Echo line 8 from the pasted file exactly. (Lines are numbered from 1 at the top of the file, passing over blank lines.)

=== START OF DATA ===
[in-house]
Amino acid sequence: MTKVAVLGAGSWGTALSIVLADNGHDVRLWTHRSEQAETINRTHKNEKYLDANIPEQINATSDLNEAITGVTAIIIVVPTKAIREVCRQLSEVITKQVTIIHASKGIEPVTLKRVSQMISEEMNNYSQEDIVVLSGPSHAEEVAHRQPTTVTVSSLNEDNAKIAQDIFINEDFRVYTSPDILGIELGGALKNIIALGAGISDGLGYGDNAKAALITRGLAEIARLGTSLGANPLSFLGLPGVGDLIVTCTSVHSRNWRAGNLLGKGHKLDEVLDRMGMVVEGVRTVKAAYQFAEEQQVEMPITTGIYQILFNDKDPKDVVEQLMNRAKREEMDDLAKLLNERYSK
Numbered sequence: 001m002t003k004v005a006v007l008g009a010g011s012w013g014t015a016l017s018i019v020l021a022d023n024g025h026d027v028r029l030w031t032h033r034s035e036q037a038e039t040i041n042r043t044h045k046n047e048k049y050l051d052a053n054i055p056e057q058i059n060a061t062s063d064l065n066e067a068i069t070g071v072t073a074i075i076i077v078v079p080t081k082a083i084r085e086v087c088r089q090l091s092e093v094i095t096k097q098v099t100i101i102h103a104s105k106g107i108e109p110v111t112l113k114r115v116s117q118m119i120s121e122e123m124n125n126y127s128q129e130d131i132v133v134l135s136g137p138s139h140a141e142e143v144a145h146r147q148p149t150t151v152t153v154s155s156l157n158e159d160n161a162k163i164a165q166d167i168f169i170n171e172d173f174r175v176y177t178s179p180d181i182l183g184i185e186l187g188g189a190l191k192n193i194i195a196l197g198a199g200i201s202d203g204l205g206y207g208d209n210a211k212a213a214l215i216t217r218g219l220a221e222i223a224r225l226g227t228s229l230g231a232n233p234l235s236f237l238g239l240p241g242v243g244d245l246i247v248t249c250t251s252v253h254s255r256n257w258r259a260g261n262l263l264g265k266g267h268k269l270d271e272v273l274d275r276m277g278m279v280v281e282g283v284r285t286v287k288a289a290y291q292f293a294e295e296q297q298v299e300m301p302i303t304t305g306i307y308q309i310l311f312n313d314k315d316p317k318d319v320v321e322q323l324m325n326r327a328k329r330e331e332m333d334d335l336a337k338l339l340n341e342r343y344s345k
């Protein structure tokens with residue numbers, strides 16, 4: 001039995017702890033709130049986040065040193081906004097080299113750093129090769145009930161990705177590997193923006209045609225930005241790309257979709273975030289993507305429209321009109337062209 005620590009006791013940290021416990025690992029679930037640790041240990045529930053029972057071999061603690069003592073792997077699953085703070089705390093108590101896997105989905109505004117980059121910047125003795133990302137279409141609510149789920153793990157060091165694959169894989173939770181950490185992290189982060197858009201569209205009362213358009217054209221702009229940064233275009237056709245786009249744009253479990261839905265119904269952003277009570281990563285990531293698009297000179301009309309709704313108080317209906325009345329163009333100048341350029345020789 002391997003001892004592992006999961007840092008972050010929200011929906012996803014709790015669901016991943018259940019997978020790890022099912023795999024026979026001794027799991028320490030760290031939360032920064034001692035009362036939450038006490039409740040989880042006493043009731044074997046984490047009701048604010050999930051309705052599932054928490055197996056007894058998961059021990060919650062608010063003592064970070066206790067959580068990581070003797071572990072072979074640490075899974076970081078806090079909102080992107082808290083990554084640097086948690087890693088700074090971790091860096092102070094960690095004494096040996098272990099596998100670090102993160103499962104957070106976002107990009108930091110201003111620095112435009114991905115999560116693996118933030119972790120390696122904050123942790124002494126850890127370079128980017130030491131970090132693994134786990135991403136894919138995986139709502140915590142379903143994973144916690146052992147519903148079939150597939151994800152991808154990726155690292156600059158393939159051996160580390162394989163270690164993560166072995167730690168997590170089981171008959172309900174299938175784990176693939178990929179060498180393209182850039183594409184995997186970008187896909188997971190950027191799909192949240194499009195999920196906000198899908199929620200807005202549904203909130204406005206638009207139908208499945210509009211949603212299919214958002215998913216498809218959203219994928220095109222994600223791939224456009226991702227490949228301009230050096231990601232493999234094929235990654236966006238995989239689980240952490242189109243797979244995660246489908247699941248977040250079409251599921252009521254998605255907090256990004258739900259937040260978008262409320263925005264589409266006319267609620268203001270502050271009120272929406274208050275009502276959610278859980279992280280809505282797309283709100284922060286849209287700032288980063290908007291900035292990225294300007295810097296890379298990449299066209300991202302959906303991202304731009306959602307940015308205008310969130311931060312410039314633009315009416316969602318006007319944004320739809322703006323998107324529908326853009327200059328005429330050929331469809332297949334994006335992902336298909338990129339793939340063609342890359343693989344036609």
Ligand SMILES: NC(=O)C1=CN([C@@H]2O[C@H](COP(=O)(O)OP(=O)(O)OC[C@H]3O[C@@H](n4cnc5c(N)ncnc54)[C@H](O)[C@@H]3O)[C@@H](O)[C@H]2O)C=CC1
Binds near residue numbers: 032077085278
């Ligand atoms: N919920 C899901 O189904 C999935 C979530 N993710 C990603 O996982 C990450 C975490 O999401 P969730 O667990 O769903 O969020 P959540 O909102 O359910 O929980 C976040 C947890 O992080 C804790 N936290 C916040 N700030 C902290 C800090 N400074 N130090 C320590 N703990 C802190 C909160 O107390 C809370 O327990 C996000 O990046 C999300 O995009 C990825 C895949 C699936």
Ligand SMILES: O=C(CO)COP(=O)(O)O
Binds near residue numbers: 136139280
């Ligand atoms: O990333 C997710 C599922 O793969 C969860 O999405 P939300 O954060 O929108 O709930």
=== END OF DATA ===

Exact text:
Ligand SMILES: O=C(CO)COP(=O)(O)O